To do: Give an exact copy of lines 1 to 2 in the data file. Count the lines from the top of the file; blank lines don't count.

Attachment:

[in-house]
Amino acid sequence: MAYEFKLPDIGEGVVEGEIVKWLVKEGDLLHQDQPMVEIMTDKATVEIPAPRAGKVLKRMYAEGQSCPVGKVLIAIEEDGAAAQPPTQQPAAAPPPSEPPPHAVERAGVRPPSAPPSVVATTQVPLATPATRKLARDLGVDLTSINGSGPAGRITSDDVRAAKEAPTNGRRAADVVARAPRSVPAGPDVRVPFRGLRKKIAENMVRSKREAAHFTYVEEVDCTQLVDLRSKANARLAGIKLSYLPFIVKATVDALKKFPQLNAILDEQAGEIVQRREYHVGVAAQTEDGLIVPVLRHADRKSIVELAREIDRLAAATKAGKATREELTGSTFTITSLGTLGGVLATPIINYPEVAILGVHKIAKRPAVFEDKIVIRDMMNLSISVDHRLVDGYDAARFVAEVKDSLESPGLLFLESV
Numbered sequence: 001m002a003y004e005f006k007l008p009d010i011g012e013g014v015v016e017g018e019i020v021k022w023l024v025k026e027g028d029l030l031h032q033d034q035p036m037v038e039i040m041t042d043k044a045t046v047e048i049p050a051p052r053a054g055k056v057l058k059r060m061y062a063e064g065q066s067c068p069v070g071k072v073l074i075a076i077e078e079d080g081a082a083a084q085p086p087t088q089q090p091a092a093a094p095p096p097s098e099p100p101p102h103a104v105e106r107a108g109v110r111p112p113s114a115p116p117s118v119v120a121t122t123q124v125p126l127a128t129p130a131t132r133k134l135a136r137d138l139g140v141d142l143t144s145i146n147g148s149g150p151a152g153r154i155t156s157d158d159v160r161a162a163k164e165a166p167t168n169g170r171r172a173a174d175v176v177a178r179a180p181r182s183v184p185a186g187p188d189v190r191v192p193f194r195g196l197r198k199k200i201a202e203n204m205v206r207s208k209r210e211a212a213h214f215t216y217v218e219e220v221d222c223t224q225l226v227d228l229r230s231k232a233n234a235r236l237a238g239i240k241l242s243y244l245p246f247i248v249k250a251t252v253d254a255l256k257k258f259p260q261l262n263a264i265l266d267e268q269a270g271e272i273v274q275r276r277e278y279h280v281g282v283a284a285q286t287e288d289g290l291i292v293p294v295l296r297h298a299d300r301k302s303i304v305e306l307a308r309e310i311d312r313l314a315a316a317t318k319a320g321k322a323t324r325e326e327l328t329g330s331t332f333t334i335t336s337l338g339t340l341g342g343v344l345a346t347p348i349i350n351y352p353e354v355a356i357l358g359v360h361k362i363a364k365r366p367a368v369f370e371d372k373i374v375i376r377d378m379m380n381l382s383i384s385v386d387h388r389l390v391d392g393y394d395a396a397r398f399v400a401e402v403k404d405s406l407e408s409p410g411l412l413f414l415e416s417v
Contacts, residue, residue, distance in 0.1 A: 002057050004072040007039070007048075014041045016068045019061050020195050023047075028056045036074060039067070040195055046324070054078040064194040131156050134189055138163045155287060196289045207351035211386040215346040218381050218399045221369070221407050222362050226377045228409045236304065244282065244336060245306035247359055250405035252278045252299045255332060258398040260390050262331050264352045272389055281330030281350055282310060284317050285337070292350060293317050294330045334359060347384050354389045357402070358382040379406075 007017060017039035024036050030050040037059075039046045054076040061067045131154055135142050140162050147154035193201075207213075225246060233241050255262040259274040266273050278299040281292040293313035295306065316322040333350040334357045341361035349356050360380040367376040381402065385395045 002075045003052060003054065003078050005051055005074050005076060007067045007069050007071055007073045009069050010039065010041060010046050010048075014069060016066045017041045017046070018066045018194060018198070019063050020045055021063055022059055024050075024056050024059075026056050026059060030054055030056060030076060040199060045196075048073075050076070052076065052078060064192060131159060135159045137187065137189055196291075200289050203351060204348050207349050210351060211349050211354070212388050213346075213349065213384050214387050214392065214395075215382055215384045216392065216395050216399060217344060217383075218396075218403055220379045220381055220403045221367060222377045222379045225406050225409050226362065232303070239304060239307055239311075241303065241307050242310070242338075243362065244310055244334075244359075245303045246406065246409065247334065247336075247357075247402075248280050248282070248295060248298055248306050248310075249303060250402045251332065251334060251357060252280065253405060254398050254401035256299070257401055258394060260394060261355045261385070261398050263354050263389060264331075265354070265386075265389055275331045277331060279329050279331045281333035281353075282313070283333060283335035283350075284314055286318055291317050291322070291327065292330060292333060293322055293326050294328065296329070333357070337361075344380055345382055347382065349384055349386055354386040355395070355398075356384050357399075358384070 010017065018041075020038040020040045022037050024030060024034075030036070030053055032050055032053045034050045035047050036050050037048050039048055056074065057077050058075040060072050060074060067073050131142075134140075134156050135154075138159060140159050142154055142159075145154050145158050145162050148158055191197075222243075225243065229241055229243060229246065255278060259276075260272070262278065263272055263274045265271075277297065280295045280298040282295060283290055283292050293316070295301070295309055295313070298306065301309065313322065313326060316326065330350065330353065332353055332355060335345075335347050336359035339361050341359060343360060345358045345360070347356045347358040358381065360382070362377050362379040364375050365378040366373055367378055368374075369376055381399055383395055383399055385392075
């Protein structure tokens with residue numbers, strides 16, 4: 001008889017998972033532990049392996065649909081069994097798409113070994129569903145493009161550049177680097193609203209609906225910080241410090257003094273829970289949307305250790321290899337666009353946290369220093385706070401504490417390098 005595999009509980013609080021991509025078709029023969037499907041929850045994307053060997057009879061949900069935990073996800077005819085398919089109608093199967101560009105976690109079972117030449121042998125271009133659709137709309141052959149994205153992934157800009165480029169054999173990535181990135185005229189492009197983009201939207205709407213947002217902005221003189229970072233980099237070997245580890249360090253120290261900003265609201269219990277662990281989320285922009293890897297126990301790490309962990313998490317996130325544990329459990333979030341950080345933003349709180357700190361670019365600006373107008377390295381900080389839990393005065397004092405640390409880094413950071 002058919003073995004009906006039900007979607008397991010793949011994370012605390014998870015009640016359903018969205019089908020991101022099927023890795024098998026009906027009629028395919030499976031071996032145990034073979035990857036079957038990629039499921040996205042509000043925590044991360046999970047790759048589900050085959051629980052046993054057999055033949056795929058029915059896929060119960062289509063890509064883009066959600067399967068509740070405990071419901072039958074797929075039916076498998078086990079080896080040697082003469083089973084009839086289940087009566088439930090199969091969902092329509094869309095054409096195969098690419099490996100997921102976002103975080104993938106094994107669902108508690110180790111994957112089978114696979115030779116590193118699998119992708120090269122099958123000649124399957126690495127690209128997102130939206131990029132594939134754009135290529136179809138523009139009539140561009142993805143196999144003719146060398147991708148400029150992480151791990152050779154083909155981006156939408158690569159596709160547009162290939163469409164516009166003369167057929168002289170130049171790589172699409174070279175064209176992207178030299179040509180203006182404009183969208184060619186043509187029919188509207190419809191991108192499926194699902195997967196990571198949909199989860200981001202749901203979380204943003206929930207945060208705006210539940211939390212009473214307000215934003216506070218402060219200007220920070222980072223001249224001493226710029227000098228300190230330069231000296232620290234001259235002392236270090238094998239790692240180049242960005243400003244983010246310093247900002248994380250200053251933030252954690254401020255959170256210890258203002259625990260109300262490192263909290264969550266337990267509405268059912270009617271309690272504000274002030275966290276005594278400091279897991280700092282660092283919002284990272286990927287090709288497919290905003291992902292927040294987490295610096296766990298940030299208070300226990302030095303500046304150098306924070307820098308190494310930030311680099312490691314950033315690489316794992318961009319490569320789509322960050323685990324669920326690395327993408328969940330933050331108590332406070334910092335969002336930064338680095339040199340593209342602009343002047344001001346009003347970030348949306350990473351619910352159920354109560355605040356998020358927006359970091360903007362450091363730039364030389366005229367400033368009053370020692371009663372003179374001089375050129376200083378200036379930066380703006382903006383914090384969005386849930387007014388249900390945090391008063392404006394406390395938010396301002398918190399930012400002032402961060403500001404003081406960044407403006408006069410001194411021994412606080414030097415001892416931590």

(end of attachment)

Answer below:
[in-house]
Amino acid sequence: MAYEFKLPDIGEGVVEGEIVKWLVKEGDLLHQDQPMVEIMTDKATVEIPAPRAGKVLKRMYAEGQSCPVGKVLIAIEEDGAAAQPPTQQPAAAPPPSEPPPHAVERAGVRPPSAPPSVVATTQVPLATPATRKLARDLGVDLTSINGSGPAGRITSDDVRAAKEAPTNGRRAADVVARAPRSVPAGPDVRVPFRGLRKKIAENMVRSKREAAHFTYVEEVDCTQLVDLRSKANARLAGIKLSYLPFIVKATVDALKKFPQLNAILDEQAGEIVQRREYHVGVAAQTEDGLIVPVLRHADRKSIVELAREIDRLAAATKAGKATREELTGSTFTITSLGTLGGVLATPIINYPEVAILGVHKIAKRPAVFEDKIVIRDMMNLSISVDHRLVDGYDAARFVAEVKDSLESPGLLFLESV